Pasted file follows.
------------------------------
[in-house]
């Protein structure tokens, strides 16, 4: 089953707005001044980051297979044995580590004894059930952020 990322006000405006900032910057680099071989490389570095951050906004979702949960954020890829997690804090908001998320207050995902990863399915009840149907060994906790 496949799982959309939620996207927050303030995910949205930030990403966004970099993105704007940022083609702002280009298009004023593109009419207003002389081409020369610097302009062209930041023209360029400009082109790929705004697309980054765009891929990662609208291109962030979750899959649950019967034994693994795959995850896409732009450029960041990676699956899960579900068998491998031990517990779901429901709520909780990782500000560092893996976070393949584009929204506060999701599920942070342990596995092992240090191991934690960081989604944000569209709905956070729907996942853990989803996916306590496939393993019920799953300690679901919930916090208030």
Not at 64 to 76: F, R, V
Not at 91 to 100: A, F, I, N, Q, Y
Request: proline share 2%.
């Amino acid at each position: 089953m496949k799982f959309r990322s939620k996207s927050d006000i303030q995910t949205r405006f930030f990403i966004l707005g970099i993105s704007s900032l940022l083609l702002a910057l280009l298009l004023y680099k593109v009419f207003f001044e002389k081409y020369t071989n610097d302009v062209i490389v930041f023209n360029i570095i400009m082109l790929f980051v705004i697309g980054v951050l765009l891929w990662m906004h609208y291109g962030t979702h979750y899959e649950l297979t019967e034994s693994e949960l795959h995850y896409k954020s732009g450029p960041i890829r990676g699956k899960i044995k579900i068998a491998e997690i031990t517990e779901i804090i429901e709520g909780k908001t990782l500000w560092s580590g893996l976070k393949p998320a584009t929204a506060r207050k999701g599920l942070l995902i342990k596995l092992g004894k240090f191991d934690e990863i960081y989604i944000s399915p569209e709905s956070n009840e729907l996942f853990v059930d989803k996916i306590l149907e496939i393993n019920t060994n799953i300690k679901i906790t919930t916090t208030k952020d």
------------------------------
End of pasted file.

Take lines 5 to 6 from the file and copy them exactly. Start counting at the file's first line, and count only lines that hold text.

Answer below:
Request: proline share 2%.
């Amino acid at each position: 089953m496949k799982f959309r990322s939620k996207s927050d006000i303030q995910t949205r405006f930030f990403i966004l707005g970099i993105s704007s900032l940022l083609l702002a910057l280009l298009l004023y680099k593109v009419f207003f001044e002389k081409y020369t071989n610097d302009v062209i490389v930041f023209n360029i570095i400009m082109l790929f980051v705004i697309g980054v951050l765009l891929w990662m906004h609208y291109g962030t979702h979750y899959e649950l297979t019967e034994s693994e949960l795959h995850y896409k954020s732009g450029p960041i890829r990676g699956k899960i044995k579900i068998a491998e997690i031990t517990e779901i804090i429901e709520g909780k908001t990782l500000w560092s580590g893996l976070k393949p998320a584009t929204a506060r207050k999701g599920l942070l995902i342990k596995l092992g004894k240090f191991d934690e990863i960081y989604i944000s399915p569209e709905s956070n009840e729907l996942f853990v059930d989803k996916i306590l149907e496939i393993n019920t060994n799953i300690k679901i906790t919930t916090t208030k952020d």